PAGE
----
Legislative Testimony for LB377: Change inheritance tax provisions

Legislative Testimony for LB377: Change inheritance tax provisions

Good morning, Chair Linehan and members of the Revenue Committee. I’m Sarah Curry, Policy Director at the Platte Institute and I am testifying in support of LB377.

In the Platte Institute’s report, “Death and Taxes,” we discuss many of the reform options available to modernize the inheritance tax, while also reducing the burden on Nebraskans. One of those reform options is to consolidate the brackets of the tax, the policy included in LB377.

The rationale for the brackets (classes) has a long history that explains why LB377 is needed to modernize Nebraska’s tax. When originally established by states during the early and mid-1800s, the inheritance tax was a flat rate tax. Illinois decided to levy the nation’s first progressive inheritance tax in 1895 as a result of the progressive movement’s influence.

At the time, there was no income tax, and many argued for a nationwide and state-level inheritance tax to break up large fortunes and promote wealth redistribution. This rate structure was challenged before the U.S. Supreme Court in 1898 and was upheld, declaring that discrimination based upon a person’s relationship to the decedent was not a violation of the equal protection clause. In 1901, Nebraska used the Illinois tax as its model when creating its inheritance tax.

Since its inception, Nebraska’s inheritance tax has been levied in three different progressive brackets determined by the relationship of the beneficiary to the decedent. Ironically, even economists that argue in favor of the tax over the last century disagree with the idea of a progressive inheritance tax based on relationship.

Those that favor wealth distribution, and support that tax because it can break up large fortunes, believe the progressive rates should be imposed on the amount of wealth. Under this logic, those with no relation or in distant relations to the decedent should have the lowest tax – the opposite of Nebraska’s current inheritance tax structure.

We recently conducted a poll of Nebraskans and asked them:

“Nebraskans who inherit property from relatives or friends other than their spouses may have to pay county inheritance tax. Nebraska is one of only six states that collects an inheritance tax. Based on this information, how important do you think it would be for Nebraska to reduce or eliminate its inheritance tax?”

The responses:

  • 64% said VERY IMPORTANT
  • 5% said UNSURE

It is important to note than an overwhelming 79% of those questioned believe reform or elimination of this tax is important.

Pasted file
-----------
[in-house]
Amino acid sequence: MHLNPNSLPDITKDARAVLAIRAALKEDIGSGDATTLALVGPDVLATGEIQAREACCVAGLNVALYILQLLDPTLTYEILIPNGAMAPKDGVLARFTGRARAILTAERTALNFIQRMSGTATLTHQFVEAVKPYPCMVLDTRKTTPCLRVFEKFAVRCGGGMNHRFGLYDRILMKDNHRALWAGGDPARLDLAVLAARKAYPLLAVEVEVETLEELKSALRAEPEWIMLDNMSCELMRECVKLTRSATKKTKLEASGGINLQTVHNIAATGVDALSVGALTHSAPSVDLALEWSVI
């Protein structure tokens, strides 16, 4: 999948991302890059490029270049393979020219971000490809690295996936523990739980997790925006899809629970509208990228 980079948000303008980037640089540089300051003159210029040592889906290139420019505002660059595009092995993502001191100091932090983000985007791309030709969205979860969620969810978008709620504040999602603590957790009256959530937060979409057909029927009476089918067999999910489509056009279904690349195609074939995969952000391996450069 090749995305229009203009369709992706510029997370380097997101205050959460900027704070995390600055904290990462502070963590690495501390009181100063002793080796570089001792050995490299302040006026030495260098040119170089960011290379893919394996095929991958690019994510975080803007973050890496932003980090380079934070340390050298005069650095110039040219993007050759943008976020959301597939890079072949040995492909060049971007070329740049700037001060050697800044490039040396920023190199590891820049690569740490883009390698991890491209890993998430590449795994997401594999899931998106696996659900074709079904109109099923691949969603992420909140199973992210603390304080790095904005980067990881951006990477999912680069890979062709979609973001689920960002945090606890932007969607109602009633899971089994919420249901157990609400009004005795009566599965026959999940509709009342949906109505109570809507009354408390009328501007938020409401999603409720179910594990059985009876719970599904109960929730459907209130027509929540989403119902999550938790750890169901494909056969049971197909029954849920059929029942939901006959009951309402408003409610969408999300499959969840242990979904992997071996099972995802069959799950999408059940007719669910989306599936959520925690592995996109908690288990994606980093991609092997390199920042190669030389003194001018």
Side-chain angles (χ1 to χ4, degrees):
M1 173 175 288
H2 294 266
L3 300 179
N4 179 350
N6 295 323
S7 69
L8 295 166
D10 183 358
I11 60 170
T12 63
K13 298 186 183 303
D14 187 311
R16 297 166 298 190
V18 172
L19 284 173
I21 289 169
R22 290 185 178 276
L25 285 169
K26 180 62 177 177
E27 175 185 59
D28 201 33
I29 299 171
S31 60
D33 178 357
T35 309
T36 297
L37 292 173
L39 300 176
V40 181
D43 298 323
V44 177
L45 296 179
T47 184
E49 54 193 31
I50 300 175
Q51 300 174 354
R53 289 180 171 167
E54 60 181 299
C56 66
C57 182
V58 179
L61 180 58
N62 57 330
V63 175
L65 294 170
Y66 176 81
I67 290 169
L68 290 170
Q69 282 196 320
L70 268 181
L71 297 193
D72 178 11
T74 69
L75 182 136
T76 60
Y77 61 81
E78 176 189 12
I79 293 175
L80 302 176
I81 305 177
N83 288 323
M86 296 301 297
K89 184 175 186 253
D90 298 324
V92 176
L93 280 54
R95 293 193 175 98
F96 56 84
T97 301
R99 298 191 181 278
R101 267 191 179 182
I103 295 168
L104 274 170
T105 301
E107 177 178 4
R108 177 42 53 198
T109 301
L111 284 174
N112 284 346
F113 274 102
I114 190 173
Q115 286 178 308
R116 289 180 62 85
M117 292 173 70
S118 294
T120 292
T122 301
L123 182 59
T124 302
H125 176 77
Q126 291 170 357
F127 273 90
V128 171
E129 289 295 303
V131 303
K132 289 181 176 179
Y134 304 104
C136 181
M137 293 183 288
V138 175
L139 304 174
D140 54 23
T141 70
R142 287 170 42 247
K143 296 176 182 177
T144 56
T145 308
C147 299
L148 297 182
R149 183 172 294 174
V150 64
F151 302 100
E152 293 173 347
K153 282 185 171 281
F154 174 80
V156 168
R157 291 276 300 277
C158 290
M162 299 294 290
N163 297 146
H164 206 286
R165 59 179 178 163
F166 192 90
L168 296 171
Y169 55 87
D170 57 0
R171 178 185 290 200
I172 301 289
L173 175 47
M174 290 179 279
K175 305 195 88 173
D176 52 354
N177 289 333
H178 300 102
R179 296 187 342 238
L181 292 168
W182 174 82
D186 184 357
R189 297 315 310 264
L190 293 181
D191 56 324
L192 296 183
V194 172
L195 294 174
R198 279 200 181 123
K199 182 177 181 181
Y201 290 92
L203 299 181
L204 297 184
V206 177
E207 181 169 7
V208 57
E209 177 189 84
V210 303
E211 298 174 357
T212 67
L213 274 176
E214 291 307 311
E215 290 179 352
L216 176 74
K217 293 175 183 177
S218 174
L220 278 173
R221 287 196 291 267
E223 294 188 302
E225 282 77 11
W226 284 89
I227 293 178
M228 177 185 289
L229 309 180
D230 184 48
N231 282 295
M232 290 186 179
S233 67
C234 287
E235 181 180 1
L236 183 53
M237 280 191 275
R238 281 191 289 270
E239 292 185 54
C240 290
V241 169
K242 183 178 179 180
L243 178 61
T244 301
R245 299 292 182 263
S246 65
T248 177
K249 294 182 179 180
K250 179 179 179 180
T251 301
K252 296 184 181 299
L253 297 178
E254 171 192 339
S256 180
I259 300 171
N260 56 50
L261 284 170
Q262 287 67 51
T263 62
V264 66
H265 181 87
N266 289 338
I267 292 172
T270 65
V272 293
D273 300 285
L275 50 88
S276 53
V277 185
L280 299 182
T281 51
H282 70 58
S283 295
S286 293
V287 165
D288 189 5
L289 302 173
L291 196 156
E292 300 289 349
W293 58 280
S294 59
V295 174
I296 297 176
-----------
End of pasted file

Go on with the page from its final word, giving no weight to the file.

LB377 does not effectively eliminate or reduce the inheritance tax, but it does help by reducing the current brackets from three to two and reducing the overall burden on family members.

We have ideas for other, more aggressive reform options to modernize and reduce the burden of this tax, but LB377 is a good step in the right direction and we encourage the committee to advance this bill to General File.

Thank you and I’m happy to take any questions.

Break down of inheritance tax polling question. Methodology: 862 likely Nebraska voters between Monday, January 25 and Saturday, January 30, 2021; margin of sampling error ±3.34%.

Total vote:

Eliminate Inheritance Tax
Very Important 64%
Somewhat Important 15%
Somewhat Unimportant 8%
Very Unimportant 7%
Unsure 5%


Vote by political party:

Eliminate Inheritance Tax
  Rep Dem Ind
Very Important 76% 51% 57%
Somewhat Important 15% 15% 17%
Somewhat Unimportant 3% 14% 13%
Very Unimportant 3% 13% 9%
Unsure 4% 7% 5%


Vote by age:

Eliminate Inheritance Tax
  ≤ 44 45 – 64 65 +
Very Important 64% 66% 63%
Somewhat Important 10% 17% 17%
Somewhat Unimportant 13% 6% 7%
Very Unimportant 7% 7% 7%
Unsure 5% 4% 6%


Vote by gender:

Eliminate Inheritance Tax
  M F
Very Important 65% 64%
Somewhat Important 13% 17%
Somewhat Unimportant 8% 9%
Very Unimportant 10% 4%
Unsure 4% 6%


Summary: All state residents believe it is important to reduce or eliminate the inheritance tax (net +64%). An overwhelming 79% think this is important, including 64% who think it is very important, compared to only 15% who think it is unimportant. While all demographic subsets show strong support, the strongest support comes from Republicans (net +85%) and the weakest from Democrats (net +40%), with independents a little below the average but still very strong (net +52%).

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